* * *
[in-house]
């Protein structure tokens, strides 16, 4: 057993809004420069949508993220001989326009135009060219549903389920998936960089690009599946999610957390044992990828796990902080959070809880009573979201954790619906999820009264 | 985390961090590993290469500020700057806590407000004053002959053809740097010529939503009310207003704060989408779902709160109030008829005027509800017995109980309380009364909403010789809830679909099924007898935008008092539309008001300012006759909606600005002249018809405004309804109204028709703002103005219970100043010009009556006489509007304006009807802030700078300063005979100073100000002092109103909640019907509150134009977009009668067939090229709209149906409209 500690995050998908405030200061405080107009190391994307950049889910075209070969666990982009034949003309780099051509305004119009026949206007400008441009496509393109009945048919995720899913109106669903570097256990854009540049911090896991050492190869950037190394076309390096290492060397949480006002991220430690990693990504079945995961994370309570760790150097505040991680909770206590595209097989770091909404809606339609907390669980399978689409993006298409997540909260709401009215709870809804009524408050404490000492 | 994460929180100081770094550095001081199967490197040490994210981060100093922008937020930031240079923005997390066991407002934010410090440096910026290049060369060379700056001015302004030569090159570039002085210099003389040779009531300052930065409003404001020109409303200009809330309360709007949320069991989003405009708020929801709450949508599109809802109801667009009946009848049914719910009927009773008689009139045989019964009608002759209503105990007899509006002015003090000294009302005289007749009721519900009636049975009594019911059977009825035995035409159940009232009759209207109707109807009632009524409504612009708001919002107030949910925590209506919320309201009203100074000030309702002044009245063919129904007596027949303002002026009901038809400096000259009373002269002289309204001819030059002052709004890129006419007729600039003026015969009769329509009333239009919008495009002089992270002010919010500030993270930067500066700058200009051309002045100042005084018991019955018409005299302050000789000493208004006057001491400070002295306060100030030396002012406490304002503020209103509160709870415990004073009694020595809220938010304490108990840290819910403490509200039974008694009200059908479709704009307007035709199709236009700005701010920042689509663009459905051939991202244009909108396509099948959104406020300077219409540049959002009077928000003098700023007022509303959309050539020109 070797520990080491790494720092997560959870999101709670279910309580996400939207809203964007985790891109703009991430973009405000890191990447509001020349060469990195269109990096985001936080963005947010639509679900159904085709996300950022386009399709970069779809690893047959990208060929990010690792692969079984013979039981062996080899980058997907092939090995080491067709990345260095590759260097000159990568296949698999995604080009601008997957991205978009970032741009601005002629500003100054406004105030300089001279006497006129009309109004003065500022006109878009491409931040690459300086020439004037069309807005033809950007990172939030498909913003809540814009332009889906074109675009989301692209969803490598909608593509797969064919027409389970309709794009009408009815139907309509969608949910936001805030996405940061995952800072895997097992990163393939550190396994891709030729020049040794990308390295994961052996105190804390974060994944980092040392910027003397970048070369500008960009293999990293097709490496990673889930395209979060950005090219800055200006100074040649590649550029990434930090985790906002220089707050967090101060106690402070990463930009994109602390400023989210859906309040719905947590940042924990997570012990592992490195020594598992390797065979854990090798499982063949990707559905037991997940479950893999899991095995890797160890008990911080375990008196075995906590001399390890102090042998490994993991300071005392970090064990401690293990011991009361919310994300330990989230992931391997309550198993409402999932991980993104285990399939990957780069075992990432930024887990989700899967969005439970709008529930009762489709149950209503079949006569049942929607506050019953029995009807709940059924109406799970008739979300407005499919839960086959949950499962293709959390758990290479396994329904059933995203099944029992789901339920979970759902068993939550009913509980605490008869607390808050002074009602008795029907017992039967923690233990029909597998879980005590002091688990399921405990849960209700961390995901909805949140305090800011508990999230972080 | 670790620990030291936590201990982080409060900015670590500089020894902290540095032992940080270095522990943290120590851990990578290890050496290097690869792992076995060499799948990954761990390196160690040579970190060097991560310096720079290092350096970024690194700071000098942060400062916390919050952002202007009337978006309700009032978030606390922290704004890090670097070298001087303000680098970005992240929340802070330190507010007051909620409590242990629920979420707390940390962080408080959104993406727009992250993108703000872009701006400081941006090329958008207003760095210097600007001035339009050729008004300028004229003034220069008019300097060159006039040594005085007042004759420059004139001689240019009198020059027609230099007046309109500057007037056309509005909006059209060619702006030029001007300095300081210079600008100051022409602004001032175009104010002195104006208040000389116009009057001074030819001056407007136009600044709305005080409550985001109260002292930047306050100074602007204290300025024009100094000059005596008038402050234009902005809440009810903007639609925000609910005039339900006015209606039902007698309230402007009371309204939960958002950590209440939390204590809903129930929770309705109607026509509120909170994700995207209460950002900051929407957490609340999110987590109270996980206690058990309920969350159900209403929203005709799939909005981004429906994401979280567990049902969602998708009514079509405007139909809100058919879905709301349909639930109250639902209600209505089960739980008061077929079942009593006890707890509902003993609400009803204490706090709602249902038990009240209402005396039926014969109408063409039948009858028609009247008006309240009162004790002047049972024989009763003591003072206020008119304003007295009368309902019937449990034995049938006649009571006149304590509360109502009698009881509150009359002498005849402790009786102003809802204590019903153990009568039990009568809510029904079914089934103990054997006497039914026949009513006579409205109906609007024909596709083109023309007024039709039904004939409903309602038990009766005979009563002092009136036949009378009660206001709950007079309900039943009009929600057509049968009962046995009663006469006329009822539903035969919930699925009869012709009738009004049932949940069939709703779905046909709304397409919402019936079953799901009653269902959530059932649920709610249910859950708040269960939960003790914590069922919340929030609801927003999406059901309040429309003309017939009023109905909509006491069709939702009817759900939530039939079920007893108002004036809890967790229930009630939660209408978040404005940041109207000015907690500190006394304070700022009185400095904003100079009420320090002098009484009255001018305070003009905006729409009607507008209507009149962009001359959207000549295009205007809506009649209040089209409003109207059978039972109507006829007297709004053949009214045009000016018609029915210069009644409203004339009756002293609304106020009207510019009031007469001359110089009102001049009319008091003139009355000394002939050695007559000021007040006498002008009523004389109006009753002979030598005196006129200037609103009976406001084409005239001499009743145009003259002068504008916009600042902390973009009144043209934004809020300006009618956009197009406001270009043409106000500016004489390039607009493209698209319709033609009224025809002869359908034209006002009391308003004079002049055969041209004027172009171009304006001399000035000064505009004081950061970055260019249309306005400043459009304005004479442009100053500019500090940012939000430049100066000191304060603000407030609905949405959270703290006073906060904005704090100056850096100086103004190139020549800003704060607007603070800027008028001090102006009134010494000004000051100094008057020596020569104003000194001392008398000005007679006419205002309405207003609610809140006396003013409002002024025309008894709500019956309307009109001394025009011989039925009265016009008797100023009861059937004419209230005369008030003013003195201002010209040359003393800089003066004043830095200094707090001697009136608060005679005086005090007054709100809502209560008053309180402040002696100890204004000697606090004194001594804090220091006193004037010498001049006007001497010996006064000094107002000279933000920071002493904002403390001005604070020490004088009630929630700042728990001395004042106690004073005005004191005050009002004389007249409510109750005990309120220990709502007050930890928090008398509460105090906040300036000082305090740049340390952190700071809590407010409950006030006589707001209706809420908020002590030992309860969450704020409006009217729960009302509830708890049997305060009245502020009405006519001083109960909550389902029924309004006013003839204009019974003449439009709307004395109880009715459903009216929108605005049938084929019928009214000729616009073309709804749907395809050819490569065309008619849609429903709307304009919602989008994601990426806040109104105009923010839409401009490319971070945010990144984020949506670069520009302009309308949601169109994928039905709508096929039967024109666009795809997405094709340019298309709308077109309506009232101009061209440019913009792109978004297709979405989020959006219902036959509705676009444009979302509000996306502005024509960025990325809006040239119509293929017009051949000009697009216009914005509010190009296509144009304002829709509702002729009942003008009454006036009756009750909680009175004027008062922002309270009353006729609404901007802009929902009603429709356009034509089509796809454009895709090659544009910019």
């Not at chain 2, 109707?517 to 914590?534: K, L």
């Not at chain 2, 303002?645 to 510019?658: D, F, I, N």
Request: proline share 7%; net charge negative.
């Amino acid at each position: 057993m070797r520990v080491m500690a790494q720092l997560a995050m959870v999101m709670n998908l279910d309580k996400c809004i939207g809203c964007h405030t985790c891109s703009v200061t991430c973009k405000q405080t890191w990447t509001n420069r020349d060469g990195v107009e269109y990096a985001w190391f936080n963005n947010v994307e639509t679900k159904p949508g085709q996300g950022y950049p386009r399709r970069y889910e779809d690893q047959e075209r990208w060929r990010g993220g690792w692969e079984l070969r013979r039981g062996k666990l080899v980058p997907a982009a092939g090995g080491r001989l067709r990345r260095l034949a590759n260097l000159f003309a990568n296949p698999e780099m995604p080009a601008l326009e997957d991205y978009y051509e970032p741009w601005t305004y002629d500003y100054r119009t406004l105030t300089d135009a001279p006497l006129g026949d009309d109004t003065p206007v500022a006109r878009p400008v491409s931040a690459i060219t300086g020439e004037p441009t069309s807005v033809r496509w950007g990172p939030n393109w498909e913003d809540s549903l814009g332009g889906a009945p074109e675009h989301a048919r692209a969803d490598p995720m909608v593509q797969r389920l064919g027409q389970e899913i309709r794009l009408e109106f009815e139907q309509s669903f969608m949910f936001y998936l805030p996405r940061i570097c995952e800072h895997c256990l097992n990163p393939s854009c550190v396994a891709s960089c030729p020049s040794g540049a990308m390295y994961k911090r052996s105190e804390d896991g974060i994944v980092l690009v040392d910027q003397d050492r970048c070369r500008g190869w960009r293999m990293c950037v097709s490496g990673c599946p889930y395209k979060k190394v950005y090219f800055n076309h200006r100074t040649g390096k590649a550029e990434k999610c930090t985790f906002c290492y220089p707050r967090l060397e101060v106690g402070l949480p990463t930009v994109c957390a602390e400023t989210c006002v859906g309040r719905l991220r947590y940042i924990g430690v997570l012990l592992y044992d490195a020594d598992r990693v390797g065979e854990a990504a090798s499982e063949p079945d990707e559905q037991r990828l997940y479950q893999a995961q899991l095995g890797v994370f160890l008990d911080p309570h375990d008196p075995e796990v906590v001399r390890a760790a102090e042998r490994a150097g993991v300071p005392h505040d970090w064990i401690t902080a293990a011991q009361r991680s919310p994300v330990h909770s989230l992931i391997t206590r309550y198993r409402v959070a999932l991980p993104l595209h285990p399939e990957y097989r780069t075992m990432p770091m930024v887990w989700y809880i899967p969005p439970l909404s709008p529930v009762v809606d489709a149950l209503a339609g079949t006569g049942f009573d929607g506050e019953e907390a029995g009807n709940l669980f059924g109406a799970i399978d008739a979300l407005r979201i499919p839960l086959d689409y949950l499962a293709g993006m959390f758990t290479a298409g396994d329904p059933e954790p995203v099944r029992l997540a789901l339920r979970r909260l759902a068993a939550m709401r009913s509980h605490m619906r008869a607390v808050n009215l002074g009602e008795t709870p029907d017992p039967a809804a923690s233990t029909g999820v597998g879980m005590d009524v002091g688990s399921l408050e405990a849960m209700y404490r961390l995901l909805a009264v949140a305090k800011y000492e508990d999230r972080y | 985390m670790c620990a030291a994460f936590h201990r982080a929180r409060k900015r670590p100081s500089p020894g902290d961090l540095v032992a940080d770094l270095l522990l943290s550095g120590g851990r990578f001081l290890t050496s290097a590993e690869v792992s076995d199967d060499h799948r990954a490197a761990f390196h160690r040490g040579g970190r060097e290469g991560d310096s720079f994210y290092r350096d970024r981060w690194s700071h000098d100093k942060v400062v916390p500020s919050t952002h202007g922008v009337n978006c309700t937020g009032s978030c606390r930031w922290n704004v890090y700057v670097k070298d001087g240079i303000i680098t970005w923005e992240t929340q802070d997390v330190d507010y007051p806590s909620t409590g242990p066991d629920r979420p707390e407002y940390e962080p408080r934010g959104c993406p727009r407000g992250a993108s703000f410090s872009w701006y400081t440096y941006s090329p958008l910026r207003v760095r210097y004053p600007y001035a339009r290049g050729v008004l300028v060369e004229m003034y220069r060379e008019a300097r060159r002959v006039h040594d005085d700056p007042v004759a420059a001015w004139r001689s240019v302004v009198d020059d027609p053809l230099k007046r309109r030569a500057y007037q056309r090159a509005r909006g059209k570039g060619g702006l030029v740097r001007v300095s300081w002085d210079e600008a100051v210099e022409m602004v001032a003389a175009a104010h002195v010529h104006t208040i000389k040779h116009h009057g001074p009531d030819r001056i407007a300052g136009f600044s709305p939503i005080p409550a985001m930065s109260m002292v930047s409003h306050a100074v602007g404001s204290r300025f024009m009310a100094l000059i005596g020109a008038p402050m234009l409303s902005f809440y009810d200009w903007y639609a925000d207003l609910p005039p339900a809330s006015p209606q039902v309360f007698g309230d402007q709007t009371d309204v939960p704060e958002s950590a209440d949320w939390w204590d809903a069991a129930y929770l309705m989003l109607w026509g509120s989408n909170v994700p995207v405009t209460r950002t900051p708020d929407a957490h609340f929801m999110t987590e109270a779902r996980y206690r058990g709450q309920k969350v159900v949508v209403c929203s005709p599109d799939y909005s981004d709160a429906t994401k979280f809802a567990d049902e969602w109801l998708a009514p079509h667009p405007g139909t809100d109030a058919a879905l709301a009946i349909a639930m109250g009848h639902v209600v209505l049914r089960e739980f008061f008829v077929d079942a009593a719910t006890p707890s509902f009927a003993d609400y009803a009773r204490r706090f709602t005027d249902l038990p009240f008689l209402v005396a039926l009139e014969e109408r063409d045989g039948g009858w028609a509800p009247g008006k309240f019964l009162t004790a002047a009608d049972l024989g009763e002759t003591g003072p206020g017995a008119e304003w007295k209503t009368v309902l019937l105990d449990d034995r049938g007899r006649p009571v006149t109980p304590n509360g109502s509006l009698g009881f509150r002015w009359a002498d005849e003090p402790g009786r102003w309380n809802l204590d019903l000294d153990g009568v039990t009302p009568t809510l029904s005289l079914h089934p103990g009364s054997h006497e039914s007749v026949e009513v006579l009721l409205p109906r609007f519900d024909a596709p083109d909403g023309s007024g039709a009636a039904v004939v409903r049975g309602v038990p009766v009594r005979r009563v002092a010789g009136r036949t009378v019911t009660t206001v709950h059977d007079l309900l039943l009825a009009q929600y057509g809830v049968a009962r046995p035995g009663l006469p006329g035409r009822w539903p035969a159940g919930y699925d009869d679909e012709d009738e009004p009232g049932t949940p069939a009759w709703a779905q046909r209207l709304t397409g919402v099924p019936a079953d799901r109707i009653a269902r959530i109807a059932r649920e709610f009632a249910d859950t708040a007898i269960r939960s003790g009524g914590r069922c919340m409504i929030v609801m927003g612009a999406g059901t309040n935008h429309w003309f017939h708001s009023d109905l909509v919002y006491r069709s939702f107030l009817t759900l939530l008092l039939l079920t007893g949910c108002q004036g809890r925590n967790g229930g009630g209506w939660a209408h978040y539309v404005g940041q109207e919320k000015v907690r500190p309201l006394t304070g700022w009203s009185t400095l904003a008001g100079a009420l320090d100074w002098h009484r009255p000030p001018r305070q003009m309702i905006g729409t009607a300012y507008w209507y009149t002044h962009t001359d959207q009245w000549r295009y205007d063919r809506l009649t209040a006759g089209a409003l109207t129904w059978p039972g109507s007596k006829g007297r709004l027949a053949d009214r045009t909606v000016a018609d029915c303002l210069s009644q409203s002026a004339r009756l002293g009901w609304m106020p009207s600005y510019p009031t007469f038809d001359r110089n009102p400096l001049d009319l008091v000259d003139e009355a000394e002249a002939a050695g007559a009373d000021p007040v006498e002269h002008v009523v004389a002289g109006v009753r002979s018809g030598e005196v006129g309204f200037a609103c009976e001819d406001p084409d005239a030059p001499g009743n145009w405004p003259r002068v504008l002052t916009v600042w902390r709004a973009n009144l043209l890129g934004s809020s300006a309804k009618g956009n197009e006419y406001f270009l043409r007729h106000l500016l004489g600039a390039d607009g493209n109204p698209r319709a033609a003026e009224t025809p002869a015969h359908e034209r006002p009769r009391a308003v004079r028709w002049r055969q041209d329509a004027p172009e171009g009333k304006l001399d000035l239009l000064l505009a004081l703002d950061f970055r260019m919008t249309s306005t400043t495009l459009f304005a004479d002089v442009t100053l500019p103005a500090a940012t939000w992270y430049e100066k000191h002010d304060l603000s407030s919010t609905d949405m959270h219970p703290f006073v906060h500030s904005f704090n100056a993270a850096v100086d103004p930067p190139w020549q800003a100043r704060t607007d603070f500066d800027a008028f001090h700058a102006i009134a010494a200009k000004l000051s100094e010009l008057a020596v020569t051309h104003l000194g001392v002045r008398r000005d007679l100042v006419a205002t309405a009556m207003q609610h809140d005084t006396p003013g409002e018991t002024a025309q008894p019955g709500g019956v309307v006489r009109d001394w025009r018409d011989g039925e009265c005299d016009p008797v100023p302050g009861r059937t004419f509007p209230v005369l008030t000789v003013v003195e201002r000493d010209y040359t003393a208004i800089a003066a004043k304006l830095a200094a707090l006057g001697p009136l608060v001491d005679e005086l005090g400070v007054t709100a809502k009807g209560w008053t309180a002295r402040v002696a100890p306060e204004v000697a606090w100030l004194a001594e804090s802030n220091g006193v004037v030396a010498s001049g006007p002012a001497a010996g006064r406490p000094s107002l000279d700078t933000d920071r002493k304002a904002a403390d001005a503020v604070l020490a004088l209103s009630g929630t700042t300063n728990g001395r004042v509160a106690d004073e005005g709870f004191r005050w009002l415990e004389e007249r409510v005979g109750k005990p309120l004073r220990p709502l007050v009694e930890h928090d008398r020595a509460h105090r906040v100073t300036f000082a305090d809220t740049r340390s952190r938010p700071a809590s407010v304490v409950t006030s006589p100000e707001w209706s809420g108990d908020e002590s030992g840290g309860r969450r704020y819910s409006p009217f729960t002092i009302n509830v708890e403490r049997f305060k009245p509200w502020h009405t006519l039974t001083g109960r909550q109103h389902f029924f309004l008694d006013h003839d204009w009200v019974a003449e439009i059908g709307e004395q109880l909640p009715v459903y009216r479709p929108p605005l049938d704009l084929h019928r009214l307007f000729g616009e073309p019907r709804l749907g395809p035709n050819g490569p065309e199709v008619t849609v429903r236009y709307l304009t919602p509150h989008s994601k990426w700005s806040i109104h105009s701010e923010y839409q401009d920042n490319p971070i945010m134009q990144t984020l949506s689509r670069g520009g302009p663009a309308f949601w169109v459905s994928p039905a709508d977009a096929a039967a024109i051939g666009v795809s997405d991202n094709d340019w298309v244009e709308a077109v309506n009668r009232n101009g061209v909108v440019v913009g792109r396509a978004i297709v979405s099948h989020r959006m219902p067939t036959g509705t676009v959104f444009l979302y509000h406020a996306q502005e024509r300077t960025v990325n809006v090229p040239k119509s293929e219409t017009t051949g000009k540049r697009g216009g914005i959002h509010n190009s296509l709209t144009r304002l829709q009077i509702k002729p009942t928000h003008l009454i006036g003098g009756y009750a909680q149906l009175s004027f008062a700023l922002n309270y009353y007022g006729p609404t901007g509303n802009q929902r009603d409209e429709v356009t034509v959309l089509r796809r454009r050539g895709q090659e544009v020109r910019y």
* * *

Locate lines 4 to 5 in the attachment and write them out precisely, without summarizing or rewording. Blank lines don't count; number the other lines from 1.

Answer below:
């Not at chain 2, 303002?645 to 510019?658: D, F, I, N």
Request: proline share 7%; net charge negative.